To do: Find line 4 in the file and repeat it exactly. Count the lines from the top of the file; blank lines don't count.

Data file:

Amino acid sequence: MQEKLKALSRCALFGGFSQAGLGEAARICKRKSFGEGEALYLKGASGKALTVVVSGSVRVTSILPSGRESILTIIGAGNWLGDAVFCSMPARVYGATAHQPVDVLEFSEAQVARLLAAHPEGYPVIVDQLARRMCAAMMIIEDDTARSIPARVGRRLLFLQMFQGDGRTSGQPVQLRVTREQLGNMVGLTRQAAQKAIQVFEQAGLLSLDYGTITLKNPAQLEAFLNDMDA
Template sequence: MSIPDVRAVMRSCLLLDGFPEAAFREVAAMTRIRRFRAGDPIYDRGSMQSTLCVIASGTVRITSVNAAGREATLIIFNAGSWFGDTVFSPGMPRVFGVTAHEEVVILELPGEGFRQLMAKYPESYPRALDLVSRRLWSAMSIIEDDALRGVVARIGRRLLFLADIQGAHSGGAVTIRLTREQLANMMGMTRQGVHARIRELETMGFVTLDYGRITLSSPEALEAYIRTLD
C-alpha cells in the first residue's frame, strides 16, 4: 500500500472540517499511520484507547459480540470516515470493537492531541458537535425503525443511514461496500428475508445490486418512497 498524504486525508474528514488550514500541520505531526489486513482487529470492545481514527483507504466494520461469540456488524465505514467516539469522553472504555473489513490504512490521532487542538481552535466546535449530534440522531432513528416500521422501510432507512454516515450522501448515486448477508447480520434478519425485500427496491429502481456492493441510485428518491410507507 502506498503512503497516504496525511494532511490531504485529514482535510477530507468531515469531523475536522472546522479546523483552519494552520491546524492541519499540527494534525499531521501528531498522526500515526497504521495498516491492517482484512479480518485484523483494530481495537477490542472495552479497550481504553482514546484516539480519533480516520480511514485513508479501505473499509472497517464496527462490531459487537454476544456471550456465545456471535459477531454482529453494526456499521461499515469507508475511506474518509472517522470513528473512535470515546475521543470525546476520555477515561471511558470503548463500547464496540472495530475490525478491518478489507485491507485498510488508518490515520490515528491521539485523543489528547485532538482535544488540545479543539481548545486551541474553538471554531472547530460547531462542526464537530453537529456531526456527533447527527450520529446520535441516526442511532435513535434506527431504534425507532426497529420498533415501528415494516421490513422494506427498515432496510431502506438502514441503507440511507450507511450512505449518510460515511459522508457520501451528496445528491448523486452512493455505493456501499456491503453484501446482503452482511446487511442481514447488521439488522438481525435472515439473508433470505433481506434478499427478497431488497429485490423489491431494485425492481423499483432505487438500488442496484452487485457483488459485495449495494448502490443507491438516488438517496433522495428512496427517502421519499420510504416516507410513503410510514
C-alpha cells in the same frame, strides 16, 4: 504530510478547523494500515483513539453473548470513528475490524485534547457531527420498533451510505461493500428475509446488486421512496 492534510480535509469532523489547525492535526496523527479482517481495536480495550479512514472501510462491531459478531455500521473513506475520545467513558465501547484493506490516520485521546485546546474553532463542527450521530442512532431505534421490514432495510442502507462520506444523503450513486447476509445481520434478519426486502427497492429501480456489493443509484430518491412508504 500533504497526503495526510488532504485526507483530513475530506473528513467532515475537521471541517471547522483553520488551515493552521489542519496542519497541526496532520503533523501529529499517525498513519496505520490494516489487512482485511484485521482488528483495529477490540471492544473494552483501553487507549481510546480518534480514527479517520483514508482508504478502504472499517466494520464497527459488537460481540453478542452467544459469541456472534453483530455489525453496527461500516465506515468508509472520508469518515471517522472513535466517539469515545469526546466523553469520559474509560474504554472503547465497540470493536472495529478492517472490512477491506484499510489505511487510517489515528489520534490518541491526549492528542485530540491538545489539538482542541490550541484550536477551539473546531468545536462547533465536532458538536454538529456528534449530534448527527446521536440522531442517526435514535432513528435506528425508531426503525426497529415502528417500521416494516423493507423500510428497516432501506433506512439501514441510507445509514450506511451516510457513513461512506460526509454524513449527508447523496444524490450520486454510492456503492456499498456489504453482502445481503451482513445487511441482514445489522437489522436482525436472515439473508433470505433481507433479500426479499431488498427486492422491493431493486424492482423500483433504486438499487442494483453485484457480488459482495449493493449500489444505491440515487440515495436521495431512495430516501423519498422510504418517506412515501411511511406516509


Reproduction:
C-alpha cells in the same frame, strides 16, 4: 504530510478547523494500515483513539453473548470513528475490524485534547457531527420498533451510505461493500428475509446488486421512496 492534510480535509469532523489547525492535526496523527479482517481495536480495550479512514472501510462491531459478531455500521473513506475520545467513558465501547484493506490516520485521546485546546474553532463542527450521530442512532431505534421490514432495510442502507462520506444523503450513486447476509445481520434478519426486502427497492429501480456489493443509484430518491412508504 500533504497526503495526510488532504485526507483530513475530506473528513467532515475537521471541517471547522483553520488551515493552521489542519496542519497541526496532520503533523501529529499517525498513519496505520490494516489487512482485511484485521482488528483495529477490540471492544473494552483501553487507549481510546480518534480514527479517520483514508482508504478502504472499517466494520464497527459488537460481540453478542452467544459469541456472534453483530455489525453496527461500516465506515468508509472520508469518515471517522472513535466517539469515545469526546466523553469520559474509560474504554472503547465497540470493536472495529478492517472490512477491506484499510489505511487510517489515528489520534490518541491526549492528542485530540491538545489539538482542541490550541484550536477551539473546531468545536462547533465536532458538536454538529456528534449530534448527527446521536440522531442517526435514535432513528435506528425508531426503525426497529415502528417500521416494516423493507423500510428497516432501506433506512439501514441510507445509514450506511451516510457513513461512506460526509454524513449527508447523496444524490450520486454510492456503492456499498456489504453482502445481503451482513445487511441482514445489522437489522436482525436472515439473508433470505433481507433479500426479499431488498427486492422491493431493486424492482423500483433504486438499487442494483453485484457480488459482495449493493449500489444505491440515487440515495436521495431512495430516501423519498422510504418517506412515501411511511406516509